JOURNAL ARTICLE

Risk of end-stage liver disease, hepatocellular carcinoma, and liver-related death by fibrosis stage in the hepatitis C Alaska Cohort

Dana J T Bruden, Brian J McMahon, Lisa Townshend-Bulson, Prabhu Gounder, Jim Gove, Julia Plotnik, Chriss Homan, Annette Hewitt, Youssef Barbour, Philip R Spradling, Brenna C Simons, Susan McArdle, Michael Bruce
Hepatology: Official Journal of the American Association for the Study of Liver Diseases 2017, 66 (1): 37-45
28195349

Long-term prospective studies of the outcomes associated with hepatitis C virus (HCV) infection are rare and critical for assessing the potential impact of HCV treatment. Using liver biopsy as a starting point, we analyzed the development of end-stage liver disease (ESLD), hepatocellular carcinoma (HCC), and liver-related death (LRD) according to fibrosis stage among a cohort of American Indian/Alaska Native persons in Alaska. Persons were classified as having no/mild (Ishak = 0,1), moderate (Ishak = 2), or severe (Ishak = 3,4) fibrosis or cirrhosis (Ishak = 5,6). We examined time until development of ESLD, HCC, and LRD and report survival probabilities at 3, 5, 7, and 10 years. Of 407 persons, 39% (n = 150) had no/mild fibrosis, 32% (n = 131) had moderate fibrosis, 22% (n = 88) had severe fibrosis, and 9% (n = 38) had cirrhosis. The average time of follow-up was 7.3 years. Within 5 years of biopsy, 1.7% (95% confidence interval [CI]: 0.4-6.8) of persons with no/mild fibrosis developed ESLD compared with 7.9% (95% CI, 4.0-15.2), 16.4% (95% CI, 9.6-27.2), and 49.0% (95% CI, 33.0-67.7) with moderate, severe fibrosis, and cirrhosis, respectively (P < 0.01). The 5-year outcome of HCC was 1.0% (95% CI, 0.1-7.0), 1.0% (95% CI, 0.1-6.6), 1.1% (95% CI, 0.2-7.7), and 13.4% (95% CI, 4.4-36.7) among persons with no/mild fibrosis, moderate fibrosis, severe fibrosis, and cirrhosis, respectively (P < 0.01). Five years after biopsy, 0.0% (95% CI, 0.0-14.8) of persons with no/mild fibrosis had suffered an LRD compared with 1.0% (95% CI, 0.2-7.5) of persons with moderate fibrosis, 4.7% (95% CI, 1.5-14.1) with severe fibrosis, and 16.3% (95% CI, 7.0-35.1) with cirrhosis (P < 0.01).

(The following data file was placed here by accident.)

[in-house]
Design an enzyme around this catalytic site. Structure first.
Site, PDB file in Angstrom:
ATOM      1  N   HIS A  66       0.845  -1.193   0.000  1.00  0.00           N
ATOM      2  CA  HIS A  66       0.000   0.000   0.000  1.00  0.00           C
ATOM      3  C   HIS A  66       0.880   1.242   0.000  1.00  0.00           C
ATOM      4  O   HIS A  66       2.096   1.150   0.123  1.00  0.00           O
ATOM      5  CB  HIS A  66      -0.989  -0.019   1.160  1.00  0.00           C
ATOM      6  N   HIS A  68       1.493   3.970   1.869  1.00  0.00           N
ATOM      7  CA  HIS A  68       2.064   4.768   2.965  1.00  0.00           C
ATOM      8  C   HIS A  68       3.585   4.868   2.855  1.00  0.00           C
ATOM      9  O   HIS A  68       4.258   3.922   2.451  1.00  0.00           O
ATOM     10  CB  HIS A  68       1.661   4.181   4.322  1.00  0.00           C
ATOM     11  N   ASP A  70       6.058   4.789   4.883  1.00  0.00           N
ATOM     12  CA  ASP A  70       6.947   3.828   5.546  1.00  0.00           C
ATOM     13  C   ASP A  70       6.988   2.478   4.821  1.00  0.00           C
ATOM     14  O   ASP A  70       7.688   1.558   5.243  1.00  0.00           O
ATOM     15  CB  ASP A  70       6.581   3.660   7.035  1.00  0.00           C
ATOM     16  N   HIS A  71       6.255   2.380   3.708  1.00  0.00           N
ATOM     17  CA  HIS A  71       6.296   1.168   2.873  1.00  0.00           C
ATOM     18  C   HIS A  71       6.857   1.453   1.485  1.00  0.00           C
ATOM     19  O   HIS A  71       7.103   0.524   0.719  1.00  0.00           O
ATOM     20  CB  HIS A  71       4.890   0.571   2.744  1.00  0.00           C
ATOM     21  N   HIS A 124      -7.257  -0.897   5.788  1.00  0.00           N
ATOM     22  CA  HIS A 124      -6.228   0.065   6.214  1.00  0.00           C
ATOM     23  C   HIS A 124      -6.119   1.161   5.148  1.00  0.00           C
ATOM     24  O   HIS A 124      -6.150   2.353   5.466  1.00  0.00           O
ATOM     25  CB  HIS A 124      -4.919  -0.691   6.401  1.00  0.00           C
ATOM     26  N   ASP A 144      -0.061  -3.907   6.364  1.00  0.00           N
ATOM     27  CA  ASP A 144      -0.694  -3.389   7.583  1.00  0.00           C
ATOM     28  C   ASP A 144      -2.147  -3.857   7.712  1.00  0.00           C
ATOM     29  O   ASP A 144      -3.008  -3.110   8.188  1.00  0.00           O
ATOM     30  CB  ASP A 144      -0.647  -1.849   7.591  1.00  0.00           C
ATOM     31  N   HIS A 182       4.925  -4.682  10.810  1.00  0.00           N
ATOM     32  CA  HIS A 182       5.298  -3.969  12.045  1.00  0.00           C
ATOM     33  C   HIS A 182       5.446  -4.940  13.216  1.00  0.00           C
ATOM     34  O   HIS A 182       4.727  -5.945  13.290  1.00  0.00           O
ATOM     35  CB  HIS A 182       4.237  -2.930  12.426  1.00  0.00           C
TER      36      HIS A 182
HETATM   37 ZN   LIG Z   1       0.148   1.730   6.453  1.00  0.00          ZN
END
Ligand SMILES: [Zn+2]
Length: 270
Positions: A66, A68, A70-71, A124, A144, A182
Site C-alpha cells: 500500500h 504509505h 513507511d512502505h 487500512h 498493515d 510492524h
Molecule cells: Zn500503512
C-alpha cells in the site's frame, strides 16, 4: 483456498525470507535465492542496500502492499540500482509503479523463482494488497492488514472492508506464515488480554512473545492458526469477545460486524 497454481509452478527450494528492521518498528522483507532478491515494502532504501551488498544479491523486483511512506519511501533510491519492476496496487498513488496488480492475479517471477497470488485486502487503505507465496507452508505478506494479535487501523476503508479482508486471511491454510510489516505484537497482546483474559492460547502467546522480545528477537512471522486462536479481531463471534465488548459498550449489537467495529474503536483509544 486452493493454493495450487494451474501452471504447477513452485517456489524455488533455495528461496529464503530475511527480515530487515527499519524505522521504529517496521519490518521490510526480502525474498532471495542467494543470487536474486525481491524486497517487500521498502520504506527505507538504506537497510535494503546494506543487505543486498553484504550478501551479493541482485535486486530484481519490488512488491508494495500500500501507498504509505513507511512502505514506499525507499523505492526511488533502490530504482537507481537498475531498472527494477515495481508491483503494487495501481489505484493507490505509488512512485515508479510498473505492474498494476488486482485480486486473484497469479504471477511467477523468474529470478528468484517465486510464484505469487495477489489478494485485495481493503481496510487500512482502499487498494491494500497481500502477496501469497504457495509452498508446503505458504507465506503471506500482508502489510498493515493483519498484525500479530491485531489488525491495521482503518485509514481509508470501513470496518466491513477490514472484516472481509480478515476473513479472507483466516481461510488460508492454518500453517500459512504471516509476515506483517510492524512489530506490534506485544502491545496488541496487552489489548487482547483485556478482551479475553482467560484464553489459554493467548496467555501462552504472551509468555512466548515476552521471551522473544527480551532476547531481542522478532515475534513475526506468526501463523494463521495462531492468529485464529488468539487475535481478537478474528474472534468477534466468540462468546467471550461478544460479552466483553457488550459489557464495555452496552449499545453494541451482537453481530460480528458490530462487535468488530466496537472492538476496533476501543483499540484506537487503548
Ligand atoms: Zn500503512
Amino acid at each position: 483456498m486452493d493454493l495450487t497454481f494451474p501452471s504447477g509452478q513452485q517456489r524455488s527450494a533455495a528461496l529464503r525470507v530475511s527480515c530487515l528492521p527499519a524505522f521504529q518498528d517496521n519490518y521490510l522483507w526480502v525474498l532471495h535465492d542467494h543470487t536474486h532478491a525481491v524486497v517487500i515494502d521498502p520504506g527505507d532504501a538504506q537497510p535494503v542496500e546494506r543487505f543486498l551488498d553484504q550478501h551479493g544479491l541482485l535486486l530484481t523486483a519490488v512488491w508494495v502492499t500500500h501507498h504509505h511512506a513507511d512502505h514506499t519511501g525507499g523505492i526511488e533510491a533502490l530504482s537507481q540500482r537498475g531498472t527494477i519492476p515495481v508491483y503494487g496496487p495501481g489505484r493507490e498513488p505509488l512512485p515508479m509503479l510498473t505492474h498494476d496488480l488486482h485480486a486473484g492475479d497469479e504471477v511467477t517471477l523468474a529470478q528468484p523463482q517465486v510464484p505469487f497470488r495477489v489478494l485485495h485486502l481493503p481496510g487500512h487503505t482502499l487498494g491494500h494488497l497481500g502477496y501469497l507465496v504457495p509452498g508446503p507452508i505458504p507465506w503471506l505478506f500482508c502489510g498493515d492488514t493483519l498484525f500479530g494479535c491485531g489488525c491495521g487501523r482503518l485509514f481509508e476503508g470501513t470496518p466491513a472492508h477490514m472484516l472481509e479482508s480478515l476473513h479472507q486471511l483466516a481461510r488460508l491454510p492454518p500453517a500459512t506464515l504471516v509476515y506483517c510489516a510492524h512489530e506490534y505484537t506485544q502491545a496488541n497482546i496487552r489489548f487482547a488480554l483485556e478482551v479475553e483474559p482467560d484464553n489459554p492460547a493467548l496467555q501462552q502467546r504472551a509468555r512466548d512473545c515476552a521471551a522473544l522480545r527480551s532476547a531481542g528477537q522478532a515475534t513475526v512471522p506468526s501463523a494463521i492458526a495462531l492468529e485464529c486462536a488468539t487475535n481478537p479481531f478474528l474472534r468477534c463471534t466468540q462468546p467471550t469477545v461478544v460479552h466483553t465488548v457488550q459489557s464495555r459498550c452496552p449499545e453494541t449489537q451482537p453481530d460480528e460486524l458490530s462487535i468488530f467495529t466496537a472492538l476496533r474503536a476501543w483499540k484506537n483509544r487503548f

CONCLUSION: For prevention of HCC, LRD, and ESLD in the short term, HCV therapy should target individuals who have more than mild fibrosis. (Hepatology 2017;66:37-45).

Full Text Links

Find Full Text Links for this Article

Discussion

You are not logged in. Sign Up or Log In to join the discussion.

Related Papers

Remove bar
Read by QxMD icon Read
28195349
×

Save your favorite articles in one place with a free QxMD account.

×

Search Tips

Use Boolean operators: AND/OR

diabetic AND foot
diabetes OR diabetic

Exclude a word using the 'minus' sign

Virchow -triad

Use Parentheses

water AND (cup OR glass)

Add an asterisk (*) at end of a word to include word stems

Neuro* will search for Neurology, Neuroscientist, Neurological, and so on

Use quotes to search for an exact phrase

"primary prevention of cancer"
(heart or cardiac or cardio*) AND arrest -"American Heart Association"